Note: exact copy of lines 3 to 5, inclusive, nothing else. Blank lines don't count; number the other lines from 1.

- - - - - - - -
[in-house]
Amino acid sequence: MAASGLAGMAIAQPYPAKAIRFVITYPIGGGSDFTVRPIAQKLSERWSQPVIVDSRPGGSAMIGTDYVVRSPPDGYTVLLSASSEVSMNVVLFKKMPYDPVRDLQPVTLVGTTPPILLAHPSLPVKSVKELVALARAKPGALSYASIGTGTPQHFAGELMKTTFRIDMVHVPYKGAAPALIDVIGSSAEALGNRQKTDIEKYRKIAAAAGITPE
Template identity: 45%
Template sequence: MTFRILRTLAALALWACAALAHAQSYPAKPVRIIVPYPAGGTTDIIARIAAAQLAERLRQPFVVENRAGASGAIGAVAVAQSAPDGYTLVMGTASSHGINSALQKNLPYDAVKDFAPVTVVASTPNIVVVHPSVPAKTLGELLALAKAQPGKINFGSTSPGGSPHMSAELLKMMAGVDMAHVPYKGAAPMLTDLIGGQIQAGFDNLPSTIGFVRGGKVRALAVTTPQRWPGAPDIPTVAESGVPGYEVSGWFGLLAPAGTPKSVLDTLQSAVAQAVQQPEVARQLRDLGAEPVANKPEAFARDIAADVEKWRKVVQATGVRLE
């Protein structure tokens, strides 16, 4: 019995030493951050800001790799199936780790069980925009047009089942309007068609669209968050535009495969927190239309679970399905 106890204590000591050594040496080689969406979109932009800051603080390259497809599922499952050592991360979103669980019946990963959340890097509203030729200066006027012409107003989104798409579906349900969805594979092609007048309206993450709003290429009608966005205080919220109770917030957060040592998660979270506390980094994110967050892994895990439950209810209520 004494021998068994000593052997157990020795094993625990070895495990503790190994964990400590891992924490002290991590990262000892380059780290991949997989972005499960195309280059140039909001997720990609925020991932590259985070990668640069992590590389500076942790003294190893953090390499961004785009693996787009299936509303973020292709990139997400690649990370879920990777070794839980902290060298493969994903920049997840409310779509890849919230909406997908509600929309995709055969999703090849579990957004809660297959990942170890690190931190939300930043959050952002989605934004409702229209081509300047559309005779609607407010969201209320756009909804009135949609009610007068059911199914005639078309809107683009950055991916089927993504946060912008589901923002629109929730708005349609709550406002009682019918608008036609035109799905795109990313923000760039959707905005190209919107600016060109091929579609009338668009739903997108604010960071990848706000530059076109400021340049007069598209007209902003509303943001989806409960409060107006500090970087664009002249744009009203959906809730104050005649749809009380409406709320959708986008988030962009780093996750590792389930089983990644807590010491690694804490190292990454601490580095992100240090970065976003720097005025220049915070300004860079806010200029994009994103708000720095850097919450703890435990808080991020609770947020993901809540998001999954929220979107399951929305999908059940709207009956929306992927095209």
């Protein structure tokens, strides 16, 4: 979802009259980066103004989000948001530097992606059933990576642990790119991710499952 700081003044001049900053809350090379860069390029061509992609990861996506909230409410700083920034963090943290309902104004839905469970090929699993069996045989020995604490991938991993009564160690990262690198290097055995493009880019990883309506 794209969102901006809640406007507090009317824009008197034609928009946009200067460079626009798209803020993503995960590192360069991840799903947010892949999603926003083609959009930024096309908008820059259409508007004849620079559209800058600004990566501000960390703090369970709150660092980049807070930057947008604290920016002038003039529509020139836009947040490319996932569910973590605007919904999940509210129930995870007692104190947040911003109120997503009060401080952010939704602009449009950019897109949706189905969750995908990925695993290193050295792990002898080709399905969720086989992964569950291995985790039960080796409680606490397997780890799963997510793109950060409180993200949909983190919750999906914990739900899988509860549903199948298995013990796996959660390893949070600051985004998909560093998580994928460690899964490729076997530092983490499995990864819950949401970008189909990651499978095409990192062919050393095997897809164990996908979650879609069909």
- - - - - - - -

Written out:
Template identity: 45%
Template sequence: MTFRILRTLAALALWACAALAHAQSYPAKPVRIIVPYPAGGTTDIIARIAAAQLAERLRQPFVVENRAGASGAIGAVAVAQSAPDGYTLVMGTASSHGINSALQKNLPYDAVKDFAPVTVVASTPNIVVVHPSVPAKTLGELLALAKAQPGKINFGSTSPGGSPHMSAELLKMMAGVDMAHVPYKGAAPMLTDLIGGQIQAGFDNLPSTIGFVRGGKVRALAVTTPQRWPGAPDIPTVAESGVPGYEVSGWFGLLAPAGTPKSVLDTLQSAVAQAVQQPEVARQLRDLGAEPVANKPEAFARDIAADVEKWRKVVQATGVRLE
């Protein structure tokens, strides 16, 4: 019995030493951050800001790799199936780790069980925009047009089942309007068609669209968050535009495969927190239309679970399905 106890204590000591050594040496080689969406979109932009800051603080390259497809599922499952050592991360979103669980019946990963959340890097509203030729200066006027012409107003989104798409579906349900969805594979092609007048309206993450709003290429009608966005205080919220109770917030957060040592998660979270506390980094994110967050892994895990439950209810209520 004494021998068994000593052997157990020795094993625990070895495990503790190994964990400590891992924490002290991590990262000892380059780290991949997989972005499960195309280059140039909001997720990609925020991932590259985070990668640069992590590389500076942790003294190893953090390499961004785009693996787009299936509303973020292709990139997400690649990370879920990777070794839980902290060298493969994903920049997840409310779509890849919230909406997908509600929309995709055969999703090849579990957004809660297959990942170890690190931190939300930043959050952002989605934004409702229209081509300047559309005779609607407010969201209320756009909804009135949609009610007068059911199914005639078309809107683009950055991916089927993504946060912008589901923002629109929730708005349609709550406002009682019918608008036609035109799905795109990313923000760039959707905005190209919107600016060109091929579609009338668009739903997108604010960071990848706000530059076109400021340049007069598209007209902003509303943001989806409960409060107006500090970087664009002249744009009203959906809730104050005649749809009380409406709320959708986008988030962009780093996750590792389930089983990644807590010491690694804490190292990454601490580095992100240090970065976003720097005025220049915070300004860079806010200029994009994103708000720095850097919450703890435990808080991020609770947020993901809540998001999954929220979107399951929305999908059940709207009956929306992927095209």